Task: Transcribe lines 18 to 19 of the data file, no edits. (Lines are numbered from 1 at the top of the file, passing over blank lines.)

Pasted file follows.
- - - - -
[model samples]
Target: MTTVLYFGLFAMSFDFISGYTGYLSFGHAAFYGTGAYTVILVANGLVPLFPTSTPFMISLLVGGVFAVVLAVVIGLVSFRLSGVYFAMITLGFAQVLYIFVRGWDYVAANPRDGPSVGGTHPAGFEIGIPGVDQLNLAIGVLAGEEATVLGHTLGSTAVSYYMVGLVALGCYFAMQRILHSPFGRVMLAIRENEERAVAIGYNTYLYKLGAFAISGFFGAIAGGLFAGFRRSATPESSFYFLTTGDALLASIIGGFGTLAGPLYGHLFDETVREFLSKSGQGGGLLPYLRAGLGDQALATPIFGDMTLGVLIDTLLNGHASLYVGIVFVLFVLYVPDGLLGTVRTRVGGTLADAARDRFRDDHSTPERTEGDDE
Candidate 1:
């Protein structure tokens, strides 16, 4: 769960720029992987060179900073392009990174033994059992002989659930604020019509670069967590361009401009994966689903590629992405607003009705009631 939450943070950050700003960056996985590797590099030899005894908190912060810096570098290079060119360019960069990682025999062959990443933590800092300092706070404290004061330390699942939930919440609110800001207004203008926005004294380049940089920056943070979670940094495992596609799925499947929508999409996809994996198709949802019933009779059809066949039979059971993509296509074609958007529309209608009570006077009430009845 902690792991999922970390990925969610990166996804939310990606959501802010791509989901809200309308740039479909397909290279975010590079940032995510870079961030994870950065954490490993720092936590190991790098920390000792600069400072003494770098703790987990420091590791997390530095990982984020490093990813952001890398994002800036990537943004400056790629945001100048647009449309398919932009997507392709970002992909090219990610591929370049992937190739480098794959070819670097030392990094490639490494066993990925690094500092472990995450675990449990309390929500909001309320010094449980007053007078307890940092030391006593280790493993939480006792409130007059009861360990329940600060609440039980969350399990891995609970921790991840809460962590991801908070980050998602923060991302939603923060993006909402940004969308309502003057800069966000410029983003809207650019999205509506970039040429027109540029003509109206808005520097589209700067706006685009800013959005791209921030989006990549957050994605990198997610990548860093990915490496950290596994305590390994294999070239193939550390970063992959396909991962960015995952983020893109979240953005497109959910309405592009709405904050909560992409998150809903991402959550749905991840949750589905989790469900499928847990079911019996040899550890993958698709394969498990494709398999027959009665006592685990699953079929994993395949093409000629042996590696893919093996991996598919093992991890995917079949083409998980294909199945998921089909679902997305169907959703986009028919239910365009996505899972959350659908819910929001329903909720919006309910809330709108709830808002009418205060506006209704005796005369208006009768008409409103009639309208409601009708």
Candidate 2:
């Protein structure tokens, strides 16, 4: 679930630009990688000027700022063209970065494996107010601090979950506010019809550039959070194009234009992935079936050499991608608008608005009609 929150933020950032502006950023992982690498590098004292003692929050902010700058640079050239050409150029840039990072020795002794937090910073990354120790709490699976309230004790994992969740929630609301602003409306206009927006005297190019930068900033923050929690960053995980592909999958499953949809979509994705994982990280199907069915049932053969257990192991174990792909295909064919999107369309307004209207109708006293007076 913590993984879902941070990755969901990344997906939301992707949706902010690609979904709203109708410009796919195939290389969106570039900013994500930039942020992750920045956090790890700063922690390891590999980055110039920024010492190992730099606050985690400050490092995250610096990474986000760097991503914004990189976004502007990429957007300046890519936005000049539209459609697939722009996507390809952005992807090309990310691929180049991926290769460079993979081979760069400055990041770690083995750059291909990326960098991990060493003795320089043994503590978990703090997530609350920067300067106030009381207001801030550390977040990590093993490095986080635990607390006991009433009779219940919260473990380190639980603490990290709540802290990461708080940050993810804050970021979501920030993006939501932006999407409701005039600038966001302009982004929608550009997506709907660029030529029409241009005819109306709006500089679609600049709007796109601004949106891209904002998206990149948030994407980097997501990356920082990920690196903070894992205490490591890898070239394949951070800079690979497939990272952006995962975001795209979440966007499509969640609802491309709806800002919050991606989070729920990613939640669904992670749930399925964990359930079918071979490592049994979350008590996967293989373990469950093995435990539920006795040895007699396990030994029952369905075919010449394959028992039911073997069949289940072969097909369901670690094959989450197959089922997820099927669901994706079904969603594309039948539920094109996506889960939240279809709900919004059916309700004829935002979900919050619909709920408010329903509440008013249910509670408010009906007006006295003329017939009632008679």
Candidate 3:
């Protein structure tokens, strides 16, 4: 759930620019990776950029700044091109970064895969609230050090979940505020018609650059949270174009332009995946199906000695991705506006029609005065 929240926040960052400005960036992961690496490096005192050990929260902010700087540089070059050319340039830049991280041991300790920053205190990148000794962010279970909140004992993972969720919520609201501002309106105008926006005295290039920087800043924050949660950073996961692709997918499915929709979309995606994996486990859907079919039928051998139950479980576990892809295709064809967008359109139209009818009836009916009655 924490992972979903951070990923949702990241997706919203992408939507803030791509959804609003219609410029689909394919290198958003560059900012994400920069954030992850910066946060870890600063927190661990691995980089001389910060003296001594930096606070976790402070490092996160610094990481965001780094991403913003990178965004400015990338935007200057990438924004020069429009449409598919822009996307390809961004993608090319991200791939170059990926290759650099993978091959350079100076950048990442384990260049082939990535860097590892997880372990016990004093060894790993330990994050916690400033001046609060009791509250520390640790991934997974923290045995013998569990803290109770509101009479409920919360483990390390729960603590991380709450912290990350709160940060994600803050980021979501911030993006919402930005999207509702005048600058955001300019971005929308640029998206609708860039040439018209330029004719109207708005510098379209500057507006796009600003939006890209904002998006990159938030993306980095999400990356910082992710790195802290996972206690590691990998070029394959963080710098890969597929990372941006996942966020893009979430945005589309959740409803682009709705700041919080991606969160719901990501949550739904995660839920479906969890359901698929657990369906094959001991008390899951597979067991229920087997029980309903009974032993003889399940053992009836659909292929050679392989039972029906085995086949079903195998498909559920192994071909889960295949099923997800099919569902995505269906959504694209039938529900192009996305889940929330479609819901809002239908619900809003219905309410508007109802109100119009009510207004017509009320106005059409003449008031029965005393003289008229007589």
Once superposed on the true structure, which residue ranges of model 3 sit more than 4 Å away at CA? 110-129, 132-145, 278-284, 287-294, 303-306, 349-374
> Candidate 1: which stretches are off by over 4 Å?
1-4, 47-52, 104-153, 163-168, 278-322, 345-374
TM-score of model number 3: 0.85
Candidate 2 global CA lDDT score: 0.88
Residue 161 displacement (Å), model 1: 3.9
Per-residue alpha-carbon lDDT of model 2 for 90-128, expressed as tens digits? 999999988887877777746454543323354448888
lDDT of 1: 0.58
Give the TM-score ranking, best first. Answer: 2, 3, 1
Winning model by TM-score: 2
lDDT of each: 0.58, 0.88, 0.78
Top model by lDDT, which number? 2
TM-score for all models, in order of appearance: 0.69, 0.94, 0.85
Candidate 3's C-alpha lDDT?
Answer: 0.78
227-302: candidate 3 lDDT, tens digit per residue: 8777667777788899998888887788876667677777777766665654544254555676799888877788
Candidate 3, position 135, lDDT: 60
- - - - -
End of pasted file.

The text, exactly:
Winning model by TM-score: 2
lDDT of each: 0.58, 0.88, 0.78